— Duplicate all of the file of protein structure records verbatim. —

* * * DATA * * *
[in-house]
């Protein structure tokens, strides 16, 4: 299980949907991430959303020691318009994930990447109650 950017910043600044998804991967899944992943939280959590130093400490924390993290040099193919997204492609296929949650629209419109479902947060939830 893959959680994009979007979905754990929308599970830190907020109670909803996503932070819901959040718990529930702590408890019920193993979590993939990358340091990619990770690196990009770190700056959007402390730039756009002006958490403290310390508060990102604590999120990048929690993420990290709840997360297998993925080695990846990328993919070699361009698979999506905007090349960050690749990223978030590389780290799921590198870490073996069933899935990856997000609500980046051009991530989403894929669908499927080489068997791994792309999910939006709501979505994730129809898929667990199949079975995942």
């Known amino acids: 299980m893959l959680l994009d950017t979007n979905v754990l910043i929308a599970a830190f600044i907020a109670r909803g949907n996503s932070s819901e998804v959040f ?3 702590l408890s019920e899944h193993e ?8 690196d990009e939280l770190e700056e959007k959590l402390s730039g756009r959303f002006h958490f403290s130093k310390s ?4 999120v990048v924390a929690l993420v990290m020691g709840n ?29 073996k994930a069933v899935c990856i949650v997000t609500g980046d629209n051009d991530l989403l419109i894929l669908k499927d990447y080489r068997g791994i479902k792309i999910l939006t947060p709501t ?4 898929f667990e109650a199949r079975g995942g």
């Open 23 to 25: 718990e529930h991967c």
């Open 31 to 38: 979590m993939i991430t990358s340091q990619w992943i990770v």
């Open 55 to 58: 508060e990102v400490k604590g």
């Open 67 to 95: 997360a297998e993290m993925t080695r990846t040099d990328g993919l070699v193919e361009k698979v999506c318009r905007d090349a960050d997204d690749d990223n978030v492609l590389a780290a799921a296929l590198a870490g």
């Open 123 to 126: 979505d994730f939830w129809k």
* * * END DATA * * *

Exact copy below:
[in-house]
């Protein structure tokens, strides 16, 4: 299980949907991430959303020691318009994930990447109650 950017910043600044998804991967899944992943939280959590130093400490924390993290040099193919997204492609296929949650629209419109479902947060939830 893959959680994009979007979905754990929308599970830190907020109670909803996503932070819901959040718990529930702590408890019920193993979590993939990358340091990619990770690196990009770190700056959007402390730039756009002006958490403290310390508060990102604590999120990048929690993420990290709840997360297998993925080695990846990328993919070699361009698979999506905007090349960050690749990223978030590389780290799921590198870490073996069933899935990856997000609500980046051009991530989403894929669908499927080489068997791994792309999910939006709501979505994730129809898929667990199949079975995942």
């Known amino acids: 299980m893959l959680l994009d950017t979007n979905v754990l910043i929308a599970a830190f600044i907020a109670r909803g949907n996503s932070s819901e998804v959040f ?3 702590l408890s019920e899944h193993e ?8 690196d990009e939280l770190e700056e959007k959590l402390s730039g756009r959303f002006h958490f403290s130093k310390s ?4 999120v990048v924390a929690l993420v990290m020691g709840n ?29 073996k994930a069933v899935c990856i949650v997000t609500g980046d629209n051009d991530l989403l419109i894929l669908k499927d990447y080489r068997g791994i479902k792309i999910l939006t947060p709501t ?4 898929f667990e109650a199949r079975g995942g």
């Open 23 to 25: 718990e529930h991967c």
């Open 31 to 38: 979590m993939i991430t990358s340091q990619w992943i990770v």
């Open 55 to 58: 508060e990102v400490k604590g």
């Open 67 to 95: 997360a297998e993290m993925t080695r990846t040099d990328g993919l070699v193919e361009k698979v999506c318009r905007d090349a960050d997204d690749d990223n978030v492609l590389a780290a799921a296929l590198a870490g």
């Open 123 to 126: 979505d994730f939830w129809k």